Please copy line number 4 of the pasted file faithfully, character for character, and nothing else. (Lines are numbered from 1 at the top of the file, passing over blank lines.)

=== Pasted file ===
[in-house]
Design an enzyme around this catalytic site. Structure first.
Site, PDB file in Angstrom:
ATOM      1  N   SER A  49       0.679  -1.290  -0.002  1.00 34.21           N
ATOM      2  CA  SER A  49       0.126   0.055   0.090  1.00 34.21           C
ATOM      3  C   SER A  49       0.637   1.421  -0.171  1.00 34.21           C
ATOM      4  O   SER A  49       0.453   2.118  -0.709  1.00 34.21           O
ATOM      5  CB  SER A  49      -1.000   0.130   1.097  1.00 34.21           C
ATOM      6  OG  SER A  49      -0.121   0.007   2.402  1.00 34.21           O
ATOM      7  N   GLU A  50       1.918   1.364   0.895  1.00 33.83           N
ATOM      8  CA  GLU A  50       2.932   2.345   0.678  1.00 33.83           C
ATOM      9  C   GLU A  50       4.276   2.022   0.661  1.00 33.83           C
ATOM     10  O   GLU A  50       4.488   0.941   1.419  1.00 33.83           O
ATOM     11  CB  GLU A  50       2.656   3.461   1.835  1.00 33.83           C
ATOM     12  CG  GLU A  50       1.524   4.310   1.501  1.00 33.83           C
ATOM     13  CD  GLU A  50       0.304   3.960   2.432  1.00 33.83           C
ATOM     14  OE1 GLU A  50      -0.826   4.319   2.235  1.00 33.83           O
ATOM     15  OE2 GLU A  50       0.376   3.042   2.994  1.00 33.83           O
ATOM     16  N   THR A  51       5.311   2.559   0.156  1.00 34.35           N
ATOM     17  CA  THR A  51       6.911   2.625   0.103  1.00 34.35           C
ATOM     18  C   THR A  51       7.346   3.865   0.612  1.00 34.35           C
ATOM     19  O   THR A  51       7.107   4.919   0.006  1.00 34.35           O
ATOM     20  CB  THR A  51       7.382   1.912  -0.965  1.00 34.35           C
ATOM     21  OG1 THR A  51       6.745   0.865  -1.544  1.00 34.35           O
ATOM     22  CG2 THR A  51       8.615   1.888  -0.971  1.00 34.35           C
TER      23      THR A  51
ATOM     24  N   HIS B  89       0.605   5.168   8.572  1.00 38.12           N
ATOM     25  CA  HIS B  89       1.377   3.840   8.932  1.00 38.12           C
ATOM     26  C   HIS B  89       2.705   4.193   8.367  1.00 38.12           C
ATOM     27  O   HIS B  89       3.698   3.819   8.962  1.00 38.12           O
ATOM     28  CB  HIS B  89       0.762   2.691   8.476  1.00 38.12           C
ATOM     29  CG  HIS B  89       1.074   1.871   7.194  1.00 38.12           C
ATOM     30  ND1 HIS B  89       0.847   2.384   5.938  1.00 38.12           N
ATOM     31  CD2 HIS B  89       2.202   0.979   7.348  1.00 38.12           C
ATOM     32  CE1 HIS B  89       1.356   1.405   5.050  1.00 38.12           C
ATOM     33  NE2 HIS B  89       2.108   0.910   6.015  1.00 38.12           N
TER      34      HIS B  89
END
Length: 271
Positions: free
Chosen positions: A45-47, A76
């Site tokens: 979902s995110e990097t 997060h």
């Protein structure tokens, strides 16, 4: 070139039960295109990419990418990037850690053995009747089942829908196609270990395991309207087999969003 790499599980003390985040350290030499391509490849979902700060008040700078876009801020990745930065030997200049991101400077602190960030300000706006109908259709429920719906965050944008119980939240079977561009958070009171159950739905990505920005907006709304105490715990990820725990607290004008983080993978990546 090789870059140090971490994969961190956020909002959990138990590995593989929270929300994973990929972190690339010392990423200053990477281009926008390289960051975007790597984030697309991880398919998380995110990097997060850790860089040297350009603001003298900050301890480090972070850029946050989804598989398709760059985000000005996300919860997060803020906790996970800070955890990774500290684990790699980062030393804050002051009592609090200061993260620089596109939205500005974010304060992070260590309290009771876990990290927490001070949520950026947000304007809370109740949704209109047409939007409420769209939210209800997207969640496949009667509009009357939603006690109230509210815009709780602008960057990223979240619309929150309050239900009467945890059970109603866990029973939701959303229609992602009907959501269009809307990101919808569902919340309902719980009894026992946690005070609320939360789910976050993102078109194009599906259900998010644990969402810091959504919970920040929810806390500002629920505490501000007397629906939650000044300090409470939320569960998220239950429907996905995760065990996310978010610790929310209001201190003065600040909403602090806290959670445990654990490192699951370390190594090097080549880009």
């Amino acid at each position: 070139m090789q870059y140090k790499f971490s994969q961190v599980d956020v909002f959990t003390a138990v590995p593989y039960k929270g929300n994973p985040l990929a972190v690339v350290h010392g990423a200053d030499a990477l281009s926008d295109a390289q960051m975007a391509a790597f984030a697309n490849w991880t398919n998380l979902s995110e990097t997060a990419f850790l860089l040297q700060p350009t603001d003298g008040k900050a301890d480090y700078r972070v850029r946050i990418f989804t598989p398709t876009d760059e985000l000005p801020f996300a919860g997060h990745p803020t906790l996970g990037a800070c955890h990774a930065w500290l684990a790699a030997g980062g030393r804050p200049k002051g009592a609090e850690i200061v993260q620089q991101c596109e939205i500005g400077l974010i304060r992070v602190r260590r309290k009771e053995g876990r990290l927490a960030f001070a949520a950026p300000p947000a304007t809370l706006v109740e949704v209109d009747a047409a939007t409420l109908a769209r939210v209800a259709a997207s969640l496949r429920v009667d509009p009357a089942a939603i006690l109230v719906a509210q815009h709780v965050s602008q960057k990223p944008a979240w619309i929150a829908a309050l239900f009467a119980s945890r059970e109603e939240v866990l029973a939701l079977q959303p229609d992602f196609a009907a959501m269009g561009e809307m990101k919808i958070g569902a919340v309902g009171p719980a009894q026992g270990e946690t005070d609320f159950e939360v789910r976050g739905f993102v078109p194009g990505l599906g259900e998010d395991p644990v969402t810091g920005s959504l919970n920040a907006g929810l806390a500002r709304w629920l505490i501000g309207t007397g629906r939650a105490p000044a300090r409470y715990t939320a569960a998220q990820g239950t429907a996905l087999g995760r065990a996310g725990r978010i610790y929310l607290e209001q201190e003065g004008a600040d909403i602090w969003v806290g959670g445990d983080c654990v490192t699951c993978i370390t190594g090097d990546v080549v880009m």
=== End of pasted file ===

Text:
ATOM      1  N   SER A  49       0.679  -1.290  -0.002  1.00 34.21           N